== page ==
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Programs:<br>
Programs:<br>
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[[Master of Science: Urban & Community Design specialization| MS Post-Professional]]<br>
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[[Certificate in Urban & Community Design | UCD Certificate]]<br>
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[[Certificate in Urban & Community Design | Certificate]]<br>
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Student Work:<br>
Student Work:<br>
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[http://issuu.com/jsnesbit/docs/pages_shanghai_2014_book_2_4_digita 2014 Shanghai Studio]<br>
 
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[http://issuu.com/jsnesbit/docs/pil_coa_ttu 2013 PIL Seminar]<br>
 
tHPO+ Testimonials<br>
tHPO+ Testimonials<br>

Revision as of 11:01, 17 February 2016

tHPO+


tHPO+ PROGRAM


Programs:
UCD Certificate


Houston MArch Page


tHPO+ Recourses:
Faculty
tHPO+ Curriculum
tHPO+ Admission
tHPO+ Gallery


Student Work:
tHPO+ Testimonials


tHPO+ News:
tHPO+ Facts
tHPO+ Housing
tHPO+ Firms
tHPO+ Partners
TTU Crime Reports


Faculty

    


The Houston Professional Option


This Option fulfills the professional degree requirement and includes a specialization in urban and community design. When you enter the graduate coursework in the College, you have a few options for directing your graduate education. The Houston Professional Option is one of these. If this program interests you, you will complete a brief application and enter the program in the fall semester following your completion of comprehensive studio in Lubbock.



Certificate Description

As students begin this program in the fall semester following comprehensive studio, (Or, Spring, immediately following the fall semester of Urban Tech in Lubbock) you must complete comprehensive studio before you make the transition to Houston. The spring semester at the Lubbock campus includes opportunities for comprehensive studio and there is typically one Comprehensive studio taught in the summer, although this is not guaranteed because it depends on successful funding of the summer budget for the College. The summer studio allows the opportunity for a student that completes their comprehensive studio in the previous fall semester to take summer school and then transfer to Houston in time for the following fall semester.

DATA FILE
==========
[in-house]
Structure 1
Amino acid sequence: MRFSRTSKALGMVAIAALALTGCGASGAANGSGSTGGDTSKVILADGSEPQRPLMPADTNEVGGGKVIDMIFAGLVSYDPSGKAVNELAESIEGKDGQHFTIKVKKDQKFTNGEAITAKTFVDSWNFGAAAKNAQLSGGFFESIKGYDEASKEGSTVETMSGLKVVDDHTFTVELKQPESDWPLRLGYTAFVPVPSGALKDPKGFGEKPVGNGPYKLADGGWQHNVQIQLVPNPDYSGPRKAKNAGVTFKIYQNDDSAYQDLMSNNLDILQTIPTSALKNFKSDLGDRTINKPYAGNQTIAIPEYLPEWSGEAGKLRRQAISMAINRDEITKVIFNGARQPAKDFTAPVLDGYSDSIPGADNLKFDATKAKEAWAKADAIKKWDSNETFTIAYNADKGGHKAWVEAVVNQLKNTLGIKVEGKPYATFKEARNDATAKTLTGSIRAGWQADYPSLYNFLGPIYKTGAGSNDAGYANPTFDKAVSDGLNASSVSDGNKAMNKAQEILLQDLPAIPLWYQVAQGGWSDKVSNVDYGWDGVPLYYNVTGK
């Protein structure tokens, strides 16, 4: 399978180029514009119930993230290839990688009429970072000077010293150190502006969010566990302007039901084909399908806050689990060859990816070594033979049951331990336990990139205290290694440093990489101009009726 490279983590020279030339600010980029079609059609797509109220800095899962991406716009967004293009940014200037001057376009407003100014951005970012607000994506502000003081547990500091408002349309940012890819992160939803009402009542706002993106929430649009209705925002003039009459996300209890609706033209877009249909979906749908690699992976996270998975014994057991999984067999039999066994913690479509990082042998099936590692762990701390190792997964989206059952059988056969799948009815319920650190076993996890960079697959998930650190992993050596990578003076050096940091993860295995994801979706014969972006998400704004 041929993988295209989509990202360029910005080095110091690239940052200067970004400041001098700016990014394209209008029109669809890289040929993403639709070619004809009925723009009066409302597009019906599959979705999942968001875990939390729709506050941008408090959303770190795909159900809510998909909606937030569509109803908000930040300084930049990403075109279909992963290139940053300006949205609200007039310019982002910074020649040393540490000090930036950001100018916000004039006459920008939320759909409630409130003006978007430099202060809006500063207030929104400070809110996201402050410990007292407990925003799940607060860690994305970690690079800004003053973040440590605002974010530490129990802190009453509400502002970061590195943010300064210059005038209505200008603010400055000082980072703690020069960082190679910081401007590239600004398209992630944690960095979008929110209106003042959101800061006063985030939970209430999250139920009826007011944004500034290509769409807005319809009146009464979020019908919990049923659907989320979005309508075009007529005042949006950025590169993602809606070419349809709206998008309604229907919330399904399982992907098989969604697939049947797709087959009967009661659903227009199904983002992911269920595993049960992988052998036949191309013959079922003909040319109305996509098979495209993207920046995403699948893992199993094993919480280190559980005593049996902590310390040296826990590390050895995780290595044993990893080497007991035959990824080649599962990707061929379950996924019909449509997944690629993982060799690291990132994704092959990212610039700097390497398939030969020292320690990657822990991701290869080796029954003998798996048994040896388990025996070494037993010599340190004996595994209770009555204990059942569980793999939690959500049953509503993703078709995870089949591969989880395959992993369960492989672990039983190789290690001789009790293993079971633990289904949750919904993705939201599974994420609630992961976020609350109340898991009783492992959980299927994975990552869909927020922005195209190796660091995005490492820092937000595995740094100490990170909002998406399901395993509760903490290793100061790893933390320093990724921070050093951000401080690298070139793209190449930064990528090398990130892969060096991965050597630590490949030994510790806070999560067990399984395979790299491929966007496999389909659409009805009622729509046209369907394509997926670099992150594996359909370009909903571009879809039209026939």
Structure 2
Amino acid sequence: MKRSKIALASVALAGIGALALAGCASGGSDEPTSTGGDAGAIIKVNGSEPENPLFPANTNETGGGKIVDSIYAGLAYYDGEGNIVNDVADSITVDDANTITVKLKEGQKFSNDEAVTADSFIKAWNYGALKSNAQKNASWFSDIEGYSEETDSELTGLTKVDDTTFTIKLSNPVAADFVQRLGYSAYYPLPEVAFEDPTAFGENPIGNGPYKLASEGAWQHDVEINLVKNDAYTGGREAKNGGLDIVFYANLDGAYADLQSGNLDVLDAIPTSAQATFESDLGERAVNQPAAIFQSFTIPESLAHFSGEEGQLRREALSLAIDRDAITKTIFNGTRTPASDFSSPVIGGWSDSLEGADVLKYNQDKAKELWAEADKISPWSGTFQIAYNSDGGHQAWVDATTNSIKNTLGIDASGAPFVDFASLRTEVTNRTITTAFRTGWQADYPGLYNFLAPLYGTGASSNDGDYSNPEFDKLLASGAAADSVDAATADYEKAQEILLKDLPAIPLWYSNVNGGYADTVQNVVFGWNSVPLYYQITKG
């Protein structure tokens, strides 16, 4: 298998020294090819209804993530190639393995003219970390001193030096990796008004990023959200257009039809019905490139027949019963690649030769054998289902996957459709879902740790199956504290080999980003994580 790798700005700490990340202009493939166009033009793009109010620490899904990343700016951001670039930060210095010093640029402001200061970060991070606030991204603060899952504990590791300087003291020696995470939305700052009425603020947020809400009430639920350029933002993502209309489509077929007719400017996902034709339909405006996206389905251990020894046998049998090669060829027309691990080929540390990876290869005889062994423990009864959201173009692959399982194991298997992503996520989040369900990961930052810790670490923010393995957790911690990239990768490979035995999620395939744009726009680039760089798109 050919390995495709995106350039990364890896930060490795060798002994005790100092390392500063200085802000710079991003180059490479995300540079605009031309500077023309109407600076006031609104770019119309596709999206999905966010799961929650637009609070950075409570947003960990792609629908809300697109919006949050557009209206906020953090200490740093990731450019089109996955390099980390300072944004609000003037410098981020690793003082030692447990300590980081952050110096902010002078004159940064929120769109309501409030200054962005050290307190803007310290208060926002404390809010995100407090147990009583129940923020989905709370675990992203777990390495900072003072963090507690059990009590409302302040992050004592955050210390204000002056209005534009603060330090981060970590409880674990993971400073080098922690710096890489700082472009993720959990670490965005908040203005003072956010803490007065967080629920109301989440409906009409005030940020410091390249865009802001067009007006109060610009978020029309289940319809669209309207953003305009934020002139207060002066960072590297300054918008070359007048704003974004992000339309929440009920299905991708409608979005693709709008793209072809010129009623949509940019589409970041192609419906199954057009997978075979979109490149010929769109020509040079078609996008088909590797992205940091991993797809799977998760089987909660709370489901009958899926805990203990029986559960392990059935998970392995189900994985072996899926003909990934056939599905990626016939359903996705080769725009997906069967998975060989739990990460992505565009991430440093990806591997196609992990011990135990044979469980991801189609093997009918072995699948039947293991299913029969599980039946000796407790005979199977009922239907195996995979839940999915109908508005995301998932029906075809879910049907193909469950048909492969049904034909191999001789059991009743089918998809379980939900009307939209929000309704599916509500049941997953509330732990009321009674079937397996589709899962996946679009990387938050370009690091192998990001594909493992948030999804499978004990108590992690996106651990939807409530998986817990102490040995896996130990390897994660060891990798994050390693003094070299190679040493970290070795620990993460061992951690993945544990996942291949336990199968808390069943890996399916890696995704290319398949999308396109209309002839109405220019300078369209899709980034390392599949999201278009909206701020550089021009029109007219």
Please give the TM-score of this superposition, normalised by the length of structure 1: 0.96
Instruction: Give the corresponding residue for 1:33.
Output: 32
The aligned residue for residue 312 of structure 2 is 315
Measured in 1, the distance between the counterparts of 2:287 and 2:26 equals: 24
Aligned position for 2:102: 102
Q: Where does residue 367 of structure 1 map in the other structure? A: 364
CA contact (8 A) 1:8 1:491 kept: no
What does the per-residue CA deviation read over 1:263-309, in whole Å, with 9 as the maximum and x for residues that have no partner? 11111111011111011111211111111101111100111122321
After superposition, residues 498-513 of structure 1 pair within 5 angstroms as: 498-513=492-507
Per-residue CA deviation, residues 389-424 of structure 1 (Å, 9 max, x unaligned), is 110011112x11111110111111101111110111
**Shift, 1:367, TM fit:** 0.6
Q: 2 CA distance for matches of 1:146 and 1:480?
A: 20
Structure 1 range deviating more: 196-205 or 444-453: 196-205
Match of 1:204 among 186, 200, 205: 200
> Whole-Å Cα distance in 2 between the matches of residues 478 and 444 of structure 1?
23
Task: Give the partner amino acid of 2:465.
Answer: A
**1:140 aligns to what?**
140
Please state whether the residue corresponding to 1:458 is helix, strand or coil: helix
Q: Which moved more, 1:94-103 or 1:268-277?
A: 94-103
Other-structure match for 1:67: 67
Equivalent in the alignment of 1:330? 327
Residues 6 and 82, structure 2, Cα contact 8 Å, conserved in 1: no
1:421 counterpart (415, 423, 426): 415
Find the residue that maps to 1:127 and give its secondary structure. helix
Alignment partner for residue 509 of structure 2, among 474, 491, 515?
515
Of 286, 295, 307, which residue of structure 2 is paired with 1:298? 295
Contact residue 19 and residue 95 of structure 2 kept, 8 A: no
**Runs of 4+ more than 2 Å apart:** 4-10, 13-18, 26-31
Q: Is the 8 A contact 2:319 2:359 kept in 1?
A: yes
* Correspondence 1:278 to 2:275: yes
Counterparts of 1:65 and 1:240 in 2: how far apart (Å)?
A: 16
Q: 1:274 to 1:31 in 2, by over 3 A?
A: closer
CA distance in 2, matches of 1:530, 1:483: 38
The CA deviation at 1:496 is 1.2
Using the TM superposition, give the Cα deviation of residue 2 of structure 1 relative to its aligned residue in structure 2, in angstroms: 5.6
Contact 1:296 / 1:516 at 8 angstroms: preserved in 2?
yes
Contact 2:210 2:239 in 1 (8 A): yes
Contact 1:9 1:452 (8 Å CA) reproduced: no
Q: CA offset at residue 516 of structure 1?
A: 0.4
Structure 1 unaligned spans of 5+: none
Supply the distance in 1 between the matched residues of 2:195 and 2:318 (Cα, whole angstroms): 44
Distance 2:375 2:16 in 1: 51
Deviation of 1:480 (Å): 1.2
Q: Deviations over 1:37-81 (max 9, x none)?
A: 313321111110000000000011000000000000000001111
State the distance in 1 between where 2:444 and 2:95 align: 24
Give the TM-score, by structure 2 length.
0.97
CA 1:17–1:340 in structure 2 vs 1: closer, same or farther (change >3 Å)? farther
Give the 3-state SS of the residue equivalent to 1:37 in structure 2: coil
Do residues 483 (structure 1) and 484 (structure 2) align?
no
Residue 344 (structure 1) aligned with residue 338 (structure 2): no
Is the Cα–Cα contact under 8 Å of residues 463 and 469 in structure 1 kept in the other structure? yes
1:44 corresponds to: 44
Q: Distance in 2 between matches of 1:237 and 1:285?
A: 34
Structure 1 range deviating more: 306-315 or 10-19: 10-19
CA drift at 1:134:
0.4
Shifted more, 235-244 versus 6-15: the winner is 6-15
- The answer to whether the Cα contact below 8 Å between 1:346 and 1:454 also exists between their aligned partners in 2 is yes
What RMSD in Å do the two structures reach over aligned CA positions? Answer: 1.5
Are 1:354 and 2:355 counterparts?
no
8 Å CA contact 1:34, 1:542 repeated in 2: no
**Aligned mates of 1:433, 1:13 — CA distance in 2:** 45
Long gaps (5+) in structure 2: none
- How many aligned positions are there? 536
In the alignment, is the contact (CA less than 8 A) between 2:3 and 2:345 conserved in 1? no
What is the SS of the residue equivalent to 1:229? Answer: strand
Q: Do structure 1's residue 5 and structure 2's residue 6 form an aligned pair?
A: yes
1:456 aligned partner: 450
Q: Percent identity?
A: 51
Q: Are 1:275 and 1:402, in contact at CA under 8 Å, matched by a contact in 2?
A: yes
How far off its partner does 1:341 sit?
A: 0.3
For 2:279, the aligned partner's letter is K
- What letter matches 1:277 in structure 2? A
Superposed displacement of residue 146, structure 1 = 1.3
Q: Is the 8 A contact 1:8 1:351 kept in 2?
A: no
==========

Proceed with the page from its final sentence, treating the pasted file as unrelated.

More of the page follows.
Transfers from the Urban Tech Studio in Lubbock are allowed spring transfer into Houston, assuming conditions are met, but the student must have prior approval from the director. Otherwise, there are a limited number of courses offered towards that can be taken during the spring semester (if you have only completed Comprehensive Studio in the fall semester or summer and did not make the transfer to Houston in time). In this case, the student formally begins the studio sequence in the following fall semester. Proper planning is advised, so making the decision to pursue this option during your third year studio sequences is best. This allows you to coordinate your transfer with the director and allows you to complete your degree without additional coursework.


MaryAlice Torres-MacDonald
Director, Associate Professor
Phone: 713-806-2548
Email: ma.torres-macdonald@ttu.edu
For more information contact the program director


This website is designed as an informational tool for TTU students interested in, or already registered for The Houston Professional Option through the College of Architecture at TTU.




There are three studios towards the Professsional Option. Studio I is taught during the fall semester and includes an overview of urban design (see details under course descriptions). This is followed up with Studio II which includes a building design within an urban context (see details under course descriptions). Studio III is the Practicum Studio taught with support of mentors within the student's practicum firm during the last fall semester. Students will be working full-time through a paid practicum experience during this last studio.

The program is not intended as a single practicum + studio program. Students are not admitted for this purpose.


Studios

The studios are broken into three topical studios. Fall I, Spring II, and Practicum. The first two serve as a cumulative approach towards a micro to macro understanding of urban design and its application to the building design process. The final studio (Practicum Studio) is led by the director and taught in conjunction with the student's firm through mentor support.

*The opportunity for a Master of Science in Architecture with a Specialization in Urban + Community Design option is not currently available in Houston. The MS Architecture is a non-professional degree option for specialization in Urban + Community Design (pending approval with Texas higher Education Coordinating Board) and is offered through the Lubbock Campus - College of Architecture at this time.


Studio I // [Fall Semester]